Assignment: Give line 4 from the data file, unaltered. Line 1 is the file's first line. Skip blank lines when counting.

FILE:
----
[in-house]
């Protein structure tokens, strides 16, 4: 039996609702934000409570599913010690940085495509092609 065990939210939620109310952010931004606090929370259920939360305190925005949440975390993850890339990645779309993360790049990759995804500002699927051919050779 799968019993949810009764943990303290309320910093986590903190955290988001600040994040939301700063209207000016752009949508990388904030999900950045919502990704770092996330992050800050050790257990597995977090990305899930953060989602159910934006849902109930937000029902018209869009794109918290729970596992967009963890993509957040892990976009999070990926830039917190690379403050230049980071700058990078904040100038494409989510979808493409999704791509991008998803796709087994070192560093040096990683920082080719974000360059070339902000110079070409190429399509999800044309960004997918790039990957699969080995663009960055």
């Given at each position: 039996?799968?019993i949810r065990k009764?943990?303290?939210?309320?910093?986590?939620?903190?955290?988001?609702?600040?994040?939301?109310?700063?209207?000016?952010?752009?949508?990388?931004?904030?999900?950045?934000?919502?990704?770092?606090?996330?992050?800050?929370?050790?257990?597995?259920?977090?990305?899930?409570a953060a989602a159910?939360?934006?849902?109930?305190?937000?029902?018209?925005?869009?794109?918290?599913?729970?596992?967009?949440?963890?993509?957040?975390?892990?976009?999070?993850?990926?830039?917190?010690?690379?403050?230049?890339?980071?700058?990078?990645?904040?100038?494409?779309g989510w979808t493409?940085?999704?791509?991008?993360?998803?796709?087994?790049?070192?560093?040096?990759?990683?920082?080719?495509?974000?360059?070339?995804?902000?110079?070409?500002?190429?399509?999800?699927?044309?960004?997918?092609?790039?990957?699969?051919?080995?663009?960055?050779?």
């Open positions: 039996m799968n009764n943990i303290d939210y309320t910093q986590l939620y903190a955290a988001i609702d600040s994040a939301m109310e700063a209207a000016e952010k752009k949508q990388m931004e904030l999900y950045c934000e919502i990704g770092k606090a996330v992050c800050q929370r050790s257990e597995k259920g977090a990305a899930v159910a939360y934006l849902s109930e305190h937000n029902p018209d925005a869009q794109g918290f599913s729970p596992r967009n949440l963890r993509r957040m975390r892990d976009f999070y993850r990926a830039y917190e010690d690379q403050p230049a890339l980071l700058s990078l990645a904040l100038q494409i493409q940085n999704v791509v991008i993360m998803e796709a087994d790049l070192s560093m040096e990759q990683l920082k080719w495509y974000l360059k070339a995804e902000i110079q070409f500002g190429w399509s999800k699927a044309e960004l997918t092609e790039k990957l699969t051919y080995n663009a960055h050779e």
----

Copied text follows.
């Open positions: 039996m799968n009764n943990i303290d939210y309320t910093q986590l939620y903190a955290a988001i609702d600040s994040a939301m109310e700063a209207a000016e952010k752009k949508q990388m931004e904030l999900y950045c934000e919502i990704g770092k606090a996330v992050c800050q929370r050790s257990e597995k259920g977090a990305a899930v159910a939360y934006l849902s109930e305190h937000n029902p018209d925005a869009q794109g918290f599913s729970p596992r967009n949440l963890r993509r957040m975390r892990d976009f999070y993850r990926a830039y917190e010690d690379q403050p230049a890339l980071l700058s990078l990645a904040l100038q494409i493409q940085n999704v791509v991008i993360m998803e796709a087994d790049l070192s560093m040096e990759q990683l920082k080719w495509y974000l360059k070339a995804e902000i110079q070409f500002g190429w399509s999800k699927a044309e960004l997918t092609e790039k990957l699969t051919y080995n663009a960055h050779e």